Jay Meehan: Coyote waits
“Ah, but they’ve never seen the Northern Lights/They’ve never seen a hawk on the wing
They’ve never spent spring on the Great Divide/They’ve never heard ol’ camp cookie sing”
~ Michael Burton
His given name was something like Rance or Vance or Chance. I only heard it spoken once and his mutter was as pronounced as my own. It turned out not to matter much, however, since the elders and younger tribal-folk manning the Trading Post counters in Teec Nos Pos all referred to him as Coyote.
It was the mid-’90s and I was about a quarter-way through what turned out to be a rather elongated solo truck-camping mosey in red rock country. By the time I’d crossed the Arizona line from New Mexico, I’d already put Shiprock, Mesa Verde, Hovenweep, Lake Powell, and an up-and-over of the northern Henry Mountains in my rear-view mirror.
To flesh out the “Coyote” character a bit more, imagine, if you will, a young, slightly more brash, Gabby Hayes. The physical comedy of the role seemed completely intact to the point where, if I weren’t mistaken, he would now and then throw in an improvised Walter Brennan riff or two.
When I entered, Coyote was going off on the Santa Clara pottery technique of Maria Montoya Martinez, her of the San Ildefonso Pueblo just north of Santa Fe. As one with a growing interest in Maria’s iconic work, I hung around within earshot, which, with Coyote’s resonating pipes, wasn’t all that difficult.
Some shape-shifting from Maria to Everett Ruess proved as seamless as you’d expect and it wasn’t long before we had found a crease in the Big Rez geology in which to ever-so-furtively slug down a few cold ones and bond a bit.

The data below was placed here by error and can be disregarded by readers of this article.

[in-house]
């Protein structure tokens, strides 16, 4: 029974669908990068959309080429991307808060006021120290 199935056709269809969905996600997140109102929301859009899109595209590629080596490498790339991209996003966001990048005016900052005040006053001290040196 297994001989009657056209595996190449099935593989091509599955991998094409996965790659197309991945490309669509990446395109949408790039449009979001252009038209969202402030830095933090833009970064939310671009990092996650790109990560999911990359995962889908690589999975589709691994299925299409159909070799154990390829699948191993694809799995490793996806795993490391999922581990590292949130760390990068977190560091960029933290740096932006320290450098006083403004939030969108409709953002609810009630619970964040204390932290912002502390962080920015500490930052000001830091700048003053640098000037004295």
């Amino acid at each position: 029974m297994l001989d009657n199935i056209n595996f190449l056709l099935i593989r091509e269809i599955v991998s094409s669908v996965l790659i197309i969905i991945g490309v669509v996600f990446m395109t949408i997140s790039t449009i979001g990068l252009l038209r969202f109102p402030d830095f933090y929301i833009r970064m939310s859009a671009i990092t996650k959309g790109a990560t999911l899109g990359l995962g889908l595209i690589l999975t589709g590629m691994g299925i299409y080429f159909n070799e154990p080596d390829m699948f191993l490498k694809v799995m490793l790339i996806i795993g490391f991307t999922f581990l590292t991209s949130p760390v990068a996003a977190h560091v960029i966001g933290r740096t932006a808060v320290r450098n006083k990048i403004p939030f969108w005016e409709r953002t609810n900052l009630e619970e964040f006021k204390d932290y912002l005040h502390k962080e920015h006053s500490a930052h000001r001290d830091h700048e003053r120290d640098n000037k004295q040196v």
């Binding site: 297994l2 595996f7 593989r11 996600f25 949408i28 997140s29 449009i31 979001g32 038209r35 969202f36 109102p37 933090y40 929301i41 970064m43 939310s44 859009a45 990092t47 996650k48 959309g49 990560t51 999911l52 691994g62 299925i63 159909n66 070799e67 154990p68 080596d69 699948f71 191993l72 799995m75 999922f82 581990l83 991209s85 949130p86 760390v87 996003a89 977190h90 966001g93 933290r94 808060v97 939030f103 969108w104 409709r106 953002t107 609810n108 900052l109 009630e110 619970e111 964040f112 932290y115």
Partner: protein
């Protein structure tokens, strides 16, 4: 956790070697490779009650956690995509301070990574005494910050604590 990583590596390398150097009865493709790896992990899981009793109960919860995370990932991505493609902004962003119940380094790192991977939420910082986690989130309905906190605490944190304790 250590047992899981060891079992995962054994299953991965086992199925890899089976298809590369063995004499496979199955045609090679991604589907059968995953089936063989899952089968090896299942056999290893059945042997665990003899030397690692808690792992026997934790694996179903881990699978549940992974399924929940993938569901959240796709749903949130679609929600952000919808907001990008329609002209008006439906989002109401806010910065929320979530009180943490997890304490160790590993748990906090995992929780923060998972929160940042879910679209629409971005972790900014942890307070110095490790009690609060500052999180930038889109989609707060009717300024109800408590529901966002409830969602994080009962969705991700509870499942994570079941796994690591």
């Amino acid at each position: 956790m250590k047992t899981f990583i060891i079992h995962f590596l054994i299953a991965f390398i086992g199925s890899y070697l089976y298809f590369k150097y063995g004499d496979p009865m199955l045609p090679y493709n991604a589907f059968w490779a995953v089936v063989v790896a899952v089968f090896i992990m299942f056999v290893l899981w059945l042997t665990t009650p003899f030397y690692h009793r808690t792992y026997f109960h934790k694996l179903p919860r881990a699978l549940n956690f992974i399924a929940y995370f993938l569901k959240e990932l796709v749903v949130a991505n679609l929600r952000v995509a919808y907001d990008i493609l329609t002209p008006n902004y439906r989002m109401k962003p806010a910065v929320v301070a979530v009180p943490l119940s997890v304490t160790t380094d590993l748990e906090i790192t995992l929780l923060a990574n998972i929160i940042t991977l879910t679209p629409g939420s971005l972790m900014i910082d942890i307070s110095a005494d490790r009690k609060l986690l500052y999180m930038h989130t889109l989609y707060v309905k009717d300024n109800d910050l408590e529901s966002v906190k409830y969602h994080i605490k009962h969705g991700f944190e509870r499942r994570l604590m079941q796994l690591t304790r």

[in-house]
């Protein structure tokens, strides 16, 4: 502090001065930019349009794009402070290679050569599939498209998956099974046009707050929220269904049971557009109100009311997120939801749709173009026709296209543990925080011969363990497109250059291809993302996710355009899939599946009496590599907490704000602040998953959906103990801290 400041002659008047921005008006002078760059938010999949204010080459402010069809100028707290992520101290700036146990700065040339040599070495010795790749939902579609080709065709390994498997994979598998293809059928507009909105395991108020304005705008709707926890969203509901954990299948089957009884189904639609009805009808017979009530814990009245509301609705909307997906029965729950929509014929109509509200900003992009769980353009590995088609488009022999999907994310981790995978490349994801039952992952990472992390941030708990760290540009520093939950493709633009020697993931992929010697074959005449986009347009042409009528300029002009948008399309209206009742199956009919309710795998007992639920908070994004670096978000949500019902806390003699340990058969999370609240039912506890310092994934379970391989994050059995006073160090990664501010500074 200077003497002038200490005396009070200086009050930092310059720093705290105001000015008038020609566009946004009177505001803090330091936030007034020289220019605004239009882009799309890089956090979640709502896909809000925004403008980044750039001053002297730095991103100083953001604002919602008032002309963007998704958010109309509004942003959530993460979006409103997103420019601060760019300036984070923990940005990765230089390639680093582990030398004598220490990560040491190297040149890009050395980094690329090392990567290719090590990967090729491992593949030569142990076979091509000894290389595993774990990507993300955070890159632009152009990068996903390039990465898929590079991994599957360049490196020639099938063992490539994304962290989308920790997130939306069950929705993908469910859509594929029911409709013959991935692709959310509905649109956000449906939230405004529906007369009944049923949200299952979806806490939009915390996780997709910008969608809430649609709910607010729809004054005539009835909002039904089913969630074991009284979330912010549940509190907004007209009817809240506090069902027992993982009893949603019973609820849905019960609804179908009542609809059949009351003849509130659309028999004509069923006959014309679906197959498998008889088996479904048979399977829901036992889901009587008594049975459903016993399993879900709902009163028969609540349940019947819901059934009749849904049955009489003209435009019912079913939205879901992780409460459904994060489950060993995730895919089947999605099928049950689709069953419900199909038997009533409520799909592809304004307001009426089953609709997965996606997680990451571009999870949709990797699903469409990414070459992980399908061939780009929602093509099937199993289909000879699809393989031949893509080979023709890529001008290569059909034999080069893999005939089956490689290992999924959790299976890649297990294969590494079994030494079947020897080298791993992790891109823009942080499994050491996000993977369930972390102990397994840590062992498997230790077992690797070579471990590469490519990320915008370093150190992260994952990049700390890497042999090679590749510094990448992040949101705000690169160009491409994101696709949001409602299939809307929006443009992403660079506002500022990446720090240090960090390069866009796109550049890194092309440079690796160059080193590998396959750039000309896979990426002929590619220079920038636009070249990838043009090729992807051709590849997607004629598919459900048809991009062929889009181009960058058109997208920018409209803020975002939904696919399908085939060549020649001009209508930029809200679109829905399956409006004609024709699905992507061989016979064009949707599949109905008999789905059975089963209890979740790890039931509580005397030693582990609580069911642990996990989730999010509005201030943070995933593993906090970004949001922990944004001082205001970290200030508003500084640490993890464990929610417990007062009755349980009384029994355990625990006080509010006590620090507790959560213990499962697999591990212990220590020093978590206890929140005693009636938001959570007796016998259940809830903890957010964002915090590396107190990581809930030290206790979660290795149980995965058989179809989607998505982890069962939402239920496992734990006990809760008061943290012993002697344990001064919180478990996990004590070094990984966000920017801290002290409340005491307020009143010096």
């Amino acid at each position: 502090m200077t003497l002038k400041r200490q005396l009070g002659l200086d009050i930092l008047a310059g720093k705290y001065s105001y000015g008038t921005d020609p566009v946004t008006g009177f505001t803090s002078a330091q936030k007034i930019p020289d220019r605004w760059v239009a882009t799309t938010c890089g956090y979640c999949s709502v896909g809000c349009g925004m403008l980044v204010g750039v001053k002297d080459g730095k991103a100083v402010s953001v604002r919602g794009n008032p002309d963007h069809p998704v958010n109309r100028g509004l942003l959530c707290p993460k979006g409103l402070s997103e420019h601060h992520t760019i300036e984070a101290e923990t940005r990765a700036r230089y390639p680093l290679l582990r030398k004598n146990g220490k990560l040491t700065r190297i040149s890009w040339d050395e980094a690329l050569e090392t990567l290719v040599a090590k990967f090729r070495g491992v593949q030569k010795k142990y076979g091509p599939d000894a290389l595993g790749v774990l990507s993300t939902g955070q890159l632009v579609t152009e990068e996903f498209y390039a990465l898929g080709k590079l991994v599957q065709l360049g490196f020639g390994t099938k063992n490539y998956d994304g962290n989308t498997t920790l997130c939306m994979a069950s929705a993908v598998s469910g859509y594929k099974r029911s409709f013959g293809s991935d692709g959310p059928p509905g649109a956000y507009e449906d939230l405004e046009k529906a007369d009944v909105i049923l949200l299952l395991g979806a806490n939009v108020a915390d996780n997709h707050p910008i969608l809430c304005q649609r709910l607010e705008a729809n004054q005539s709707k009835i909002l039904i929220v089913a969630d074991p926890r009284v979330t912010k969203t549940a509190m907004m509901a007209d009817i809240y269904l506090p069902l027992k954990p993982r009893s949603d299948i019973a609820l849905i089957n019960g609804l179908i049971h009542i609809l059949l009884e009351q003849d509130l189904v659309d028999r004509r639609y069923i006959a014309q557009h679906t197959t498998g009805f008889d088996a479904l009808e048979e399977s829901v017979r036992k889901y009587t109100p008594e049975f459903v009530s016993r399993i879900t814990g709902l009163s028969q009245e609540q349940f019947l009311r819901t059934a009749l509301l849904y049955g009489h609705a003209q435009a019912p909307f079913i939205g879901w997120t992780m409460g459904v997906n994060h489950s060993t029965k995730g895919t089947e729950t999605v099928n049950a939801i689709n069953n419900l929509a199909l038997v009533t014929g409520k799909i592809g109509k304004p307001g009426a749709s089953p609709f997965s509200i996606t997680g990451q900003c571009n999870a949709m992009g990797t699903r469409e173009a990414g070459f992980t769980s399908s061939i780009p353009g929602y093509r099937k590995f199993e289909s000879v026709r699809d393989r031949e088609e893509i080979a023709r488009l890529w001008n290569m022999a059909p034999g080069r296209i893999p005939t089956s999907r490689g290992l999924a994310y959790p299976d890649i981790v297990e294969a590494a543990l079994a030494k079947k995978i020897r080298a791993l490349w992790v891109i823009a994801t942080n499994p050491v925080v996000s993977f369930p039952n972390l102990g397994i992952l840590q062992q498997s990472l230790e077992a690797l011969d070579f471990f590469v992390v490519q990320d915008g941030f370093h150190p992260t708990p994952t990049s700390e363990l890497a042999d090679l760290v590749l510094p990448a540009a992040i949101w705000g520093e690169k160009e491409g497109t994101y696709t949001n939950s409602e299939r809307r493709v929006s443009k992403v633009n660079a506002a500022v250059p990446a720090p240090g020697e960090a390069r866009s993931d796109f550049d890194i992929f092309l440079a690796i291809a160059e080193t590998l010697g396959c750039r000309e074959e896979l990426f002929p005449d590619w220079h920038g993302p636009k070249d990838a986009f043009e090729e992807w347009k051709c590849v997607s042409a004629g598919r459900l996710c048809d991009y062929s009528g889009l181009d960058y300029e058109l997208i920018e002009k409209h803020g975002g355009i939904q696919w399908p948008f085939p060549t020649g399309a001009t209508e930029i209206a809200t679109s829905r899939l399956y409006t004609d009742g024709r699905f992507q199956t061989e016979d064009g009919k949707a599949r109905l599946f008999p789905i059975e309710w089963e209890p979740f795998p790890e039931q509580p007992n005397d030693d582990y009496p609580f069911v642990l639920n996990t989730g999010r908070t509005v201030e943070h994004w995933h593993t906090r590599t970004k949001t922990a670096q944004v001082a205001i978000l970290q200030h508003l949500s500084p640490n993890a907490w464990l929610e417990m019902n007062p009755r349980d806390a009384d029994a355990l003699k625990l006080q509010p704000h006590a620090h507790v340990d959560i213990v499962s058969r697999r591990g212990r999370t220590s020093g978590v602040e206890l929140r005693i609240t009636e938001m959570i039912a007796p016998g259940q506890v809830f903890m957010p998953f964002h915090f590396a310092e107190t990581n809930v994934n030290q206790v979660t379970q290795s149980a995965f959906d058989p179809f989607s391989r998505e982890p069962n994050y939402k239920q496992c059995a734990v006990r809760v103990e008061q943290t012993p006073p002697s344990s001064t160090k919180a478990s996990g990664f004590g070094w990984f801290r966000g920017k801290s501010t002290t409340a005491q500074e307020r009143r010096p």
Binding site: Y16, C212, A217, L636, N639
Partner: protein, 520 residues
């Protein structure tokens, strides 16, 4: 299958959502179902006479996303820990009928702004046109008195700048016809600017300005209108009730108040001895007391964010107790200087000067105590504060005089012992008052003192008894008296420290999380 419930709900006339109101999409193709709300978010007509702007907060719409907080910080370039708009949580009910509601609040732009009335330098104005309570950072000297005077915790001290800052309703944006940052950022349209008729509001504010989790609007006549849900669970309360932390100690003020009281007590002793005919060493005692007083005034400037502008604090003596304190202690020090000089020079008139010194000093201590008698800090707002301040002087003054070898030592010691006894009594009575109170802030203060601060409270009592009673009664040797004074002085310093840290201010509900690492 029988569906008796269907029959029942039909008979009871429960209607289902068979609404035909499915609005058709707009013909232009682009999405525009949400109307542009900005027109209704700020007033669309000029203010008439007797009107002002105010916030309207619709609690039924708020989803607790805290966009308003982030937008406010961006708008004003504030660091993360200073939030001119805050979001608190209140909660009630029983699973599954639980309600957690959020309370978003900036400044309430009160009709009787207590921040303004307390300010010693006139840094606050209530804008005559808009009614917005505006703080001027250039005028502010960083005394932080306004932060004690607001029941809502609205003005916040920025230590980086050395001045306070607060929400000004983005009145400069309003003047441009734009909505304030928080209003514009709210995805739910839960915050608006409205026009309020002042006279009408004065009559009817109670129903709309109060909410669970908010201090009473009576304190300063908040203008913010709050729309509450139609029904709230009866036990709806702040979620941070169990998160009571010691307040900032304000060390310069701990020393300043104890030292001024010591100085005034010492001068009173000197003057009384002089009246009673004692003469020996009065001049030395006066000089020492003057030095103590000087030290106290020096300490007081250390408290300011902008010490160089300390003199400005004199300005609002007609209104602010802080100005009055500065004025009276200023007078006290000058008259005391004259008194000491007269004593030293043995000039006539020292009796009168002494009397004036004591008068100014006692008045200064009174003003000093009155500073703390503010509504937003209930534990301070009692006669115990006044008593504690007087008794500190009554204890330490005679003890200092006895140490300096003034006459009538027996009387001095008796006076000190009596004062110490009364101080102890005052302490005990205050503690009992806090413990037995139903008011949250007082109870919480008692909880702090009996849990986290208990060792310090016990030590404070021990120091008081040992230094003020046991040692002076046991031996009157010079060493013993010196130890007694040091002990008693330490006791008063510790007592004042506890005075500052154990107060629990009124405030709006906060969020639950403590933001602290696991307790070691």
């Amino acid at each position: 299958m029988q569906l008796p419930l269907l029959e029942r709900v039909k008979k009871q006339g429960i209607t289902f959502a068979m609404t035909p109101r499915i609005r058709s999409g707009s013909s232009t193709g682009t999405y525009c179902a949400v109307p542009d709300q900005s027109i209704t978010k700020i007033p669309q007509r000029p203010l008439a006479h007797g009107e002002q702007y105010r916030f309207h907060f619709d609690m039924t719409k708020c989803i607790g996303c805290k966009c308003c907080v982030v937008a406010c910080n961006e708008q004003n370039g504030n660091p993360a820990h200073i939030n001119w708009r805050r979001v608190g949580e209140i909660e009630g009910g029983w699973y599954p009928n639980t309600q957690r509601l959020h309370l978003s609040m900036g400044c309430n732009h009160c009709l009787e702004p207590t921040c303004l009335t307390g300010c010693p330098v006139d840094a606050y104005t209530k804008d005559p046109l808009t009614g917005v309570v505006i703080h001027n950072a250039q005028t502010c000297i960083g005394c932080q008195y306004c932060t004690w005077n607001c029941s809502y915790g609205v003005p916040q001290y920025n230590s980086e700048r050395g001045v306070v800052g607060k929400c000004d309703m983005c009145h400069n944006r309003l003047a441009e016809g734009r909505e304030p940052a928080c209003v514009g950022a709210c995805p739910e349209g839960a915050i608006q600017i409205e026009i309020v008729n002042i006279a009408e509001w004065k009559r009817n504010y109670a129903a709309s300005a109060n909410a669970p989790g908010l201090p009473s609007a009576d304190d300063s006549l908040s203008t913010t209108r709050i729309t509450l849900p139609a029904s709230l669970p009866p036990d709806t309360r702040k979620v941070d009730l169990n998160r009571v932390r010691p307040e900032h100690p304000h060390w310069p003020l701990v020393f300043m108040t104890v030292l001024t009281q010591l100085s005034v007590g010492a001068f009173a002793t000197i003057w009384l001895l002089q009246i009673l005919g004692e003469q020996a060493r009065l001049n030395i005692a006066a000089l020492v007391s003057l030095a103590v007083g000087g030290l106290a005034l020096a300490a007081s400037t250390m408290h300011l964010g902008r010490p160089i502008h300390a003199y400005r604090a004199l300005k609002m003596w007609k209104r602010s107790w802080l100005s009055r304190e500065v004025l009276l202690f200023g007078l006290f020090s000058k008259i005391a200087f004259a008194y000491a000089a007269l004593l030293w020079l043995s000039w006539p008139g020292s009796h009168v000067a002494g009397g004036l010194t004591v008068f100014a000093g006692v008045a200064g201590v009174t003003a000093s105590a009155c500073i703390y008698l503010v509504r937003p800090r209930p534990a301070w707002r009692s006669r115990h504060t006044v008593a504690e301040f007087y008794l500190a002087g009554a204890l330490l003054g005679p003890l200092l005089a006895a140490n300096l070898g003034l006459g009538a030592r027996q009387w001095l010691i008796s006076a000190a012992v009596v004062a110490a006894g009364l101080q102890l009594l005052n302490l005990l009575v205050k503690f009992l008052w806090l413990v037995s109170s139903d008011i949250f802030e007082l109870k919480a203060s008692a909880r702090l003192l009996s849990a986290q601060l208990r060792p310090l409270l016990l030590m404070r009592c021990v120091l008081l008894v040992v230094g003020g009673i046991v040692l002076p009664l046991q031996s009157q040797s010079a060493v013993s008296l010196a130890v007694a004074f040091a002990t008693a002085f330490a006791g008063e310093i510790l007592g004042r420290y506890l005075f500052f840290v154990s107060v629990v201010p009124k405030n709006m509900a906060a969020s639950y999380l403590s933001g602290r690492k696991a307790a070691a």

Although Coyote had an offshoot of Butler Wash in his plans and my own crosshairs were occupied with a campsite near Navajo Nation Tribal Park, we convoyed up to Four Corners National Monument and spent the next few hours smoking the peace pipe and musing on what we both considered a sacred landscape.
“They’re coming alright! Pretty soon they’re going to have this whole place looking like that gawd-awful exposed strip-mine down on Black Mesa.” I got to love it whenever he talked like that. Coyote had a way of constantly re-contorting his face in such a manner that audio punctuation in the normal sense became unnecessary.
You could just tell that his copy of Cactus Ed’s “The Monkey Wrench Gang” had not only become more dog-eared than most but also probably smelled of Karo Syrup that had spilled from a surreptitious assault on a Caterpillar D-9 tractor somewhere in the deep strata of the Mesozoic.
Lately, I’ve been wondering how well ol’ Coyote, whom I haven’t seen or heard from since that trip, has assimilated the Trump mindset. Somehow I think of him hunkered down between the Bears Ears buttes with hand-hewn catapults loaded with a stew of wildlife “scat” and poised for Interior Secretary Zinke’s impending National Monument shrinkage.
I always half-expected to run into him at an “Earth First!” fundraiser or the like back then but unless he had gotten into some self-abuse with a razor, the particular Gabby Hayes visage I searched for proved elusive.
I did get an unsigned postcard once from Flagstaff that waxed radical about the land-use politics of the day and, admittedly, I had my suspicions. But other than that, diddly-squat! No doubt, he’s out there somewhere nosin’ around for Everett Ruess’s journal or Maria Montoya Martinez’s pottery wheel or an idling D-9 Cat.
The trigger for Coyote to re-enter my memory lobes this time around was the lyrical singing voice of Buffalo Joe Jeffs as he, with eyes closed and head tilted back, reached the chorus of “Night Rider’s Lament” up at “The Notch” saloon last weekend.
Buffalo’s voice has always had a way of mentally transporting me to some gorgeous and lawless land west of the Pecos. This night was no different. There I sat under a full moon as Coyote howled and our campfire danced and ol’ camp cookie joined in. Where would I be without music?
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